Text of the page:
Enteral Gram-Negative Colonization Associated With New ICU Infections
Overgrowth of aerobic Gram-negative bacteria in the gut and respiratory tract caused by disruption of microbiotia can lead to critical illness.
Rectal colonization with Gram-negative bacteria was associated with respiratory tract colonization and the acquisition of Gram-negative infections in the intensive care unit (ICU), according to the results of a study published in Clinical Infectious Diseases.
To evaluate the effect of rectal colonization status on respiratory tract colonization and ICU-acquired infections, 2066 patients admitted to the ICU receiving selective digestive tract decontamination were evaluated. Rectal and respiratory tract colonization status were analyzed twice weekly, and acquisition of infections was monitored daily.
Documented Gram-negative bacteria in the rectum was observed in 1157 patients (56%) during their ICU stays.
ICU-acquired Gram-negative infection was reported in 124 patients (5%), and Gram-negative bacteremia was reported in 44 patients (2.1%).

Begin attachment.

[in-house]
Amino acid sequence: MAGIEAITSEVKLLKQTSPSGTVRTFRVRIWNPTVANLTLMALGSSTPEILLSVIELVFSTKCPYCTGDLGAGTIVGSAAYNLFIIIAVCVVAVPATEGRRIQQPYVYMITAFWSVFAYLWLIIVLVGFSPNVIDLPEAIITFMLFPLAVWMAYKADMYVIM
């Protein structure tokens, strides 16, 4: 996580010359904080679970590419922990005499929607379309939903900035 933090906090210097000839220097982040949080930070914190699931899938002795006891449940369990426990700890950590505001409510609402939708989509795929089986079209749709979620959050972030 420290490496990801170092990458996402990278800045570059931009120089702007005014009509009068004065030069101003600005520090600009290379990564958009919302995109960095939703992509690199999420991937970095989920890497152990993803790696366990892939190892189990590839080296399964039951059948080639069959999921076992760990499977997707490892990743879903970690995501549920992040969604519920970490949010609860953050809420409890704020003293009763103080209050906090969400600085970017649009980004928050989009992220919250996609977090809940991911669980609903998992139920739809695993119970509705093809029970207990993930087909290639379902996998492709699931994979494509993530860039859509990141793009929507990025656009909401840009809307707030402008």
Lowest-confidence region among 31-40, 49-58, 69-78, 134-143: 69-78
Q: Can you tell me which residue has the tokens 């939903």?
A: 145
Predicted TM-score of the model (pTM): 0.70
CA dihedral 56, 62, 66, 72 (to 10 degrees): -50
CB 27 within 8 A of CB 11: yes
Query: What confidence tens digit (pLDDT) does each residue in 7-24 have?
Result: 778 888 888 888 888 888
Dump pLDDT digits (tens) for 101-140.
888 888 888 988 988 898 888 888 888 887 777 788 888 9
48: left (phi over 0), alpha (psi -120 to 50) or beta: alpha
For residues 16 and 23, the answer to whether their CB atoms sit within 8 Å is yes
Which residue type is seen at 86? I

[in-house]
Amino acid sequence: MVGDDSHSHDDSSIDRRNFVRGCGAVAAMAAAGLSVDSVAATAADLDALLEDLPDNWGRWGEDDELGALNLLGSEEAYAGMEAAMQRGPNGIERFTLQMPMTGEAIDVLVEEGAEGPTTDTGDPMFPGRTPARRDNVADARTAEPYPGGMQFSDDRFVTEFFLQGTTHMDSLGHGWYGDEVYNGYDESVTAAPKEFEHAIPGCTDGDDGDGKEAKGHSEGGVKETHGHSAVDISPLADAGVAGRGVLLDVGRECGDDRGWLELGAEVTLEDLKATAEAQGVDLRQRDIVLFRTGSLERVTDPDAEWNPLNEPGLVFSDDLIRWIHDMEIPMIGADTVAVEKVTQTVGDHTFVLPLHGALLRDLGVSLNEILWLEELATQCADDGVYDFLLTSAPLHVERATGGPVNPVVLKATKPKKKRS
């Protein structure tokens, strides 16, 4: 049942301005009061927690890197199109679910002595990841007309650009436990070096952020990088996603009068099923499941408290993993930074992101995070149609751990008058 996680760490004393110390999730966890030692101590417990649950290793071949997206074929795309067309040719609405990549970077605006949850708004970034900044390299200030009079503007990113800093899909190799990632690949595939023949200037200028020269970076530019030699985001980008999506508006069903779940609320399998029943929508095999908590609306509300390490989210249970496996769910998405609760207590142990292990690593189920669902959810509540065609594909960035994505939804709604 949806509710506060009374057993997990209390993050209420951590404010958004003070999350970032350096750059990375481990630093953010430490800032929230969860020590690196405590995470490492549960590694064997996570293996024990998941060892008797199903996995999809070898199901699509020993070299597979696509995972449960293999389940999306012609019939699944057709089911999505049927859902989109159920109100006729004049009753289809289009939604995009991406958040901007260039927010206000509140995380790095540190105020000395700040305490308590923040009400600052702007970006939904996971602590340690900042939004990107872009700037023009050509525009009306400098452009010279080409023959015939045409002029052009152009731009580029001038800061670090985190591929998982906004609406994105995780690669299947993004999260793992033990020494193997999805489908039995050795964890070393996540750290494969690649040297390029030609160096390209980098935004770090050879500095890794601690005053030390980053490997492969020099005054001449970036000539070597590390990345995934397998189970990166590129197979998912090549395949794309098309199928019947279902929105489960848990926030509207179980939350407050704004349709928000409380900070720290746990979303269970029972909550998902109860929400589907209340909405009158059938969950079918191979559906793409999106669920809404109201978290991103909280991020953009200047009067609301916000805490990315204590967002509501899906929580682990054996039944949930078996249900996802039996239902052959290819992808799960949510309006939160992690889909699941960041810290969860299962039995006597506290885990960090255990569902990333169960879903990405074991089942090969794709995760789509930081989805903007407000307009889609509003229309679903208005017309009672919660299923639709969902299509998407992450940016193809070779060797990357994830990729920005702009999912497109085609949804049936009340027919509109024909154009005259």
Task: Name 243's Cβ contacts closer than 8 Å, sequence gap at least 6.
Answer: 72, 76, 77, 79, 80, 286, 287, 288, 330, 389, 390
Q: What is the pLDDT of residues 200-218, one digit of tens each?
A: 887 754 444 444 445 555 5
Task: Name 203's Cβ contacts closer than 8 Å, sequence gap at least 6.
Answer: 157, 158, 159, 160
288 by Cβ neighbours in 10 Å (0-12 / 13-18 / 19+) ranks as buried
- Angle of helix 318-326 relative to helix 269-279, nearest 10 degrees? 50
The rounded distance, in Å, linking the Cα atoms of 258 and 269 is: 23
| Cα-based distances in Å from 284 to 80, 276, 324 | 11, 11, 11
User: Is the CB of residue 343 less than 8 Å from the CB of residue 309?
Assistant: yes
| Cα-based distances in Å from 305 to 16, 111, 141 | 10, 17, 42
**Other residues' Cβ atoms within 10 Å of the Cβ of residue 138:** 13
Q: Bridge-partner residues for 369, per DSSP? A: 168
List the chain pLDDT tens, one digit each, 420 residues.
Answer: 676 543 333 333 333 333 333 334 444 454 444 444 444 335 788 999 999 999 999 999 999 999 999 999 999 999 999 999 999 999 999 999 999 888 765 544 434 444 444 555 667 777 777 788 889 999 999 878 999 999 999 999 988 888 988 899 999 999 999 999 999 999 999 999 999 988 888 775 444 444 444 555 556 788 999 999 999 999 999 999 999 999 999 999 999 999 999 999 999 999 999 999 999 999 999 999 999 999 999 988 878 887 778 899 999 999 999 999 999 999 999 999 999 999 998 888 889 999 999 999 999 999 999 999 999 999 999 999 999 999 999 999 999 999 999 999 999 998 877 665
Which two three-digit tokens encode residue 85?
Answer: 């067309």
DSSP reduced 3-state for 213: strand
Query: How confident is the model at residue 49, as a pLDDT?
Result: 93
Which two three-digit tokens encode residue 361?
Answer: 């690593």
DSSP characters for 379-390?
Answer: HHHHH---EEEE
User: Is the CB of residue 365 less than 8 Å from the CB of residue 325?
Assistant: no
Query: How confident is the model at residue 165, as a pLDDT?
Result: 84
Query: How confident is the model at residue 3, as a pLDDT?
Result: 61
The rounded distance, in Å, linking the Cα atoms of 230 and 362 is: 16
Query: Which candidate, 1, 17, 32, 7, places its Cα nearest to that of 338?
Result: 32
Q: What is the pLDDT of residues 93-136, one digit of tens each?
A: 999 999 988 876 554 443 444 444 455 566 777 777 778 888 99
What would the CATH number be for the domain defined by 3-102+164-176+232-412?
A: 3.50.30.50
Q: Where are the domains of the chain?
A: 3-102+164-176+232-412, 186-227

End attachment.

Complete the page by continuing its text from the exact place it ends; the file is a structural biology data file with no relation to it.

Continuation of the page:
Rectal colonization with Gram-negative bacteria was associated with an increased risk for respiratory tract colonization (cause-specific hazard ratio [CSHR] 2.93, 95% CI 2.02- 4.23) as well as ICU-acquired Gram-negative infection (CSHR 3.04, 95% CI 1.99-4.65).
Gram-negative bacteremia was associated with rectal colonization (CSHR 7.37, 95% CI 3.25-16.68) and respiratory tract colonization (CSHR 2.56, 95% CI 1.09-6.03). When both the rectum and respiratory tract were colonized, patients were at the highest risk of bacteremia.
When Enterobacteriaceae and glucose non-fermenting Gram-negative bacteria were analyzed separately, comparable trends were reported.
The study investigators concluded that "rectal colonization with [gram-negative bacteria] is associated with an increased risk of ICU-acquired [gram-negative bacteria] infection and respiratory tract colonization."
Frencken JF, Wittekamp BHJ, Plantinga NL, et al. Associations between enteral colonization with Gram-negative bacteria and ICU-acquired infections and colonization of the respiratory tract [published online September 16, 2017]. Clin Infect Dis. doi:10.1093/cid/cix824